The annals of presidential anecdotes have it that after Calvin Coolidge interrupted his summer vacation to be sworn in as president, he went down to the corner drugstore in Plymouth Notch, Vt., to celebrate. Coolidge, accompanied by a local congressman and the editor of the local paper, ordered a then-popular soft drink called Moxie. When the time came to pay the gentlemen's check, the president, noted for his pecuniary and verbal parsimony, pulled out a nickel, slapped it down on the counter and left.

Moxie, Coolidge-style. It was a recurring characteristic in that otherwise droll chief of state, who is our current president's favorite president and who is also the namesake of the Coolidge Society, a fledgling group which threw a "conservative soiree" last night to usher in the new fiscal year, Reagan-style.

Some might say it took a lot of moxie to plan a black-tie ball "to dance the New Deal away," and, along with it, thousands of Washington jobs and a good dollop of federal benefits. But, even as the crowd at the Capitol quibbled into the wee hours over how to keep the government solvent past midnight, the Coolidge conservatives over at the Pension Building stood firm in their devotion to Reaganomics.

"When Reagan's programs go into effect tonight, it will be the first real test of what most of us believe will turn the country around," gloated Scot Faulkner, the society's founder and assistant to the head of the General Services Administration.

These celebrants, many of whom toil by day at the Department of Education, are so taken with Reagan and the supply side that they have no fear of the pink slip and all it entails. Many said they worked on Reagan's campaign, got patronage appointments for their trouble and expect more of the same if squeezed by a RIF. Conservatives, it seems, take care of their own.

"Who's to say I won't be out of a job?" said Ownie McBride, who dressed as the Statue of Liberty. "I've been out of a job before and I didn't go on unemployment. I paid the rent with my savings . . . I stayed with friends and ate nothing."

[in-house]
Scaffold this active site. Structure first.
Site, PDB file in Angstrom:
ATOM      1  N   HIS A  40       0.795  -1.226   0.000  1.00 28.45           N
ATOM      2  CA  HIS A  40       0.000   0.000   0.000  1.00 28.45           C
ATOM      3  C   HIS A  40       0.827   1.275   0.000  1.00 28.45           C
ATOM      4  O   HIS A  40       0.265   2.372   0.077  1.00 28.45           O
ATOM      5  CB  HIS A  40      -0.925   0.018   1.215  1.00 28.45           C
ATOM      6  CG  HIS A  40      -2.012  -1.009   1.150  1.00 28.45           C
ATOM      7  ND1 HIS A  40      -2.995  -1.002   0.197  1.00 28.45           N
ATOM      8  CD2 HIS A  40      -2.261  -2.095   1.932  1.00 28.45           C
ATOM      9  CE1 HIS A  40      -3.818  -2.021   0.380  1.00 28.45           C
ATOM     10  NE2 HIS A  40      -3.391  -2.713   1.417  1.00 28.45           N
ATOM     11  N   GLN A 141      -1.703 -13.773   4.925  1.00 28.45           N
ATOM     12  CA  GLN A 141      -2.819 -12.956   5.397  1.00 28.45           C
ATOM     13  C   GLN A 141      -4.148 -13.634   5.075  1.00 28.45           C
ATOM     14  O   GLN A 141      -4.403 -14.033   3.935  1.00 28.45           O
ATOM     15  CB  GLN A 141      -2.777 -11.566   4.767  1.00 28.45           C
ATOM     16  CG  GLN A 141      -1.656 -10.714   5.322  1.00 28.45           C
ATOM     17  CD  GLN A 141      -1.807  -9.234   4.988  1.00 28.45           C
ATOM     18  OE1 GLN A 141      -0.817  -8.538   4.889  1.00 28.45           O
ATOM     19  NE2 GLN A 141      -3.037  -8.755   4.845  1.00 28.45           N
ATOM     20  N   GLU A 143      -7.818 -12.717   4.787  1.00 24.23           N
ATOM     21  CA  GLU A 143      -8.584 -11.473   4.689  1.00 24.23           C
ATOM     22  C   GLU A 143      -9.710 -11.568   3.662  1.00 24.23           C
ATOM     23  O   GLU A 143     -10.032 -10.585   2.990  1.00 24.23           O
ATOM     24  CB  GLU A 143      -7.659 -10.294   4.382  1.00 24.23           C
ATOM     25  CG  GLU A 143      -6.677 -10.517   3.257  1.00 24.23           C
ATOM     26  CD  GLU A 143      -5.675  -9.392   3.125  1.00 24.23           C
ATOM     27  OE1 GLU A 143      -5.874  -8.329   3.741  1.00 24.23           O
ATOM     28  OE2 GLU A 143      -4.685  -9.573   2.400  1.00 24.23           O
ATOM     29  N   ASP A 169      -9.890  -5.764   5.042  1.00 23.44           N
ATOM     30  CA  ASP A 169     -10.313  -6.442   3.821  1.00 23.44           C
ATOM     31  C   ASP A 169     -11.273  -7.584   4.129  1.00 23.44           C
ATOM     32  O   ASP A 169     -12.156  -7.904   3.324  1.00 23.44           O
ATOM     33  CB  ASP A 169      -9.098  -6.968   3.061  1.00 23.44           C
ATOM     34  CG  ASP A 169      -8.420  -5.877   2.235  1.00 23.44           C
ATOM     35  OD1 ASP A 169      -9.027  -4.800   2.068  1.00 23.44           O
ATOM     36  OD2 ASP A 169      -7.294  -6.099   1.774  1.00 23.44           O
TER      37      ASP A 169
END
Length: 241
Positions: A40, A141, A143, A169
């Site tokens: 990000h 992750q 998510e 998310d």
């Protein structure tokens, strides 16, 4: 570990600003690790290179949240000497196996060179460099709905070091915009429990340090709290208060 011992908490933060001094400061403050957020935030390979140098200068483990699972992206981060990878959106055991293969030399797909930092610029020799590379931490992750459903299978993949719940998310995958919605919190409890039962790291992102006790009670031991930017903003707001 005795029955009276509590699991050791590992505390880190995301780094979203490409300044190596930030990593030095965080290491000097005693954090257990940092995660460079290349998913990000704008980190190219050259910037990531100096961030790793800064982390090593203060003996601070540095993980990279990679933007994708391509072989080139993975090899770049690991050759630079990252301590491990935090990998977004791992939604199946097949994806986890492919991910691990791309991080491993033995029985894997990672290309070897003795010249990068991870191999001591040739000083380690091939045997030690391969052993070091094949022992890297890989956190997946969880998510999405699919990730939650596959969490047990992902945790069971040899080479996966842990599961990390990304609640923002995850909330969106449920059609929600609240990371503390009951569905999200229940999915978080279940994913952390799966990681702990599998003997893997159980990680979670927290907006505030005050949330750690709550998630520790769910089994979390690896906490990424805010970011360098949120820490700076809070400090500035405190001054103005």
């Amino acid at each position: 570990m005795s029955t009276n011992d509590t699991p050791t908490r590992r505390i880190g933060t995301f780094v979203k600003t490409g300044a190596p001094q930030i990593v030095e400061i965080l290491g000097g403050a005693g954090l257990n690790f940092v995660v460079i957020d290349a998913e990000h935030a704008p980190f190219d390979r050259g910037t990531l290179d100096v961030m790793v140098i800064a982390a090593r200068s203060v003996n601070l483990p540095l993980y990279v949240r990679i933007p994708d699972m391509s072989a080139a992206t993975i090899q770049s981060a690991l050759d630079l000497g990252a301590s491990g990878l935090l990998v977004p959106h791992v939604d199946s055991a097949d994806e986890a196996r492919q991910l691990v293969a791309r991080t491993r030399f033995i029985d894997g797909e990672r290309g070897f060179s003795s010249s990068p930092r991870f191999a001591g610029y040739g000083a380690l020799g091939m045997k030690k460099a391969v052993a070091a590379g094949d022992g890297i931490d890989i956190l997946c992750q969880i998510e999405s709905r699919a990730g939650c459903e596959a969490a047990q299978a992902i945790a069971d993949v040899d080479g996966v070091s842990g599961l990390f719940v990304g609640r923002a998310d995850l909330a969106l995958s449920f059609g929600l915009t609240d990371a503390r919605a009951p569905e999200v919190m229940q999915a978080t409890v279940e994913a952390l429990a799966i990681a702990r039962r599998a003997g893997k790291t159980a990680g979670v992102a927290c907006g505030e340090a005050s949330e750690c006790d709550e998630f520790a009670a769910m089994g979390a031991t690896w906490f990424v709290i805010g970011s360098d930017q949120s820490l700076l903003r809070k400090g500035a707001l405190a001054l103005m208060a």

Escorting McBride was a man adorned in the rubber wrinkles of a Ronald Reagan face mask. He couldn't gush enough about Reagan, or about Coolidge, for that matter.

"I love Ronnie Reagan. He's savin' the country," drawled masked man Robbie Aiken, who works for the Hannaford Co. public relations firm that gave us White House deputy chief of staff Michael Deaver. "Just like Coolidge, he's easy-goin', easy-mannered, he knows how to operate in Washington and doesn't get ruffled by problems that ordinary presidents would get ruffled by. He's a big, big, big man."

Commenting on the fact that Coolidge slept some 11 hours a day while the country rolled toward the Great Crash of 1929, H.L. Mencken said, "Nero fiddled while Rome burned, but Coolidge only snores." More than 50 years later, as the debt ceiling is pushed beyond the trillion-dollar mark and international financial markets tremble, let it be said that the conservatives of Washington danced the night and the New Deal away.

At midnight, they sang "Happy Days Are Here Again" and danced some more.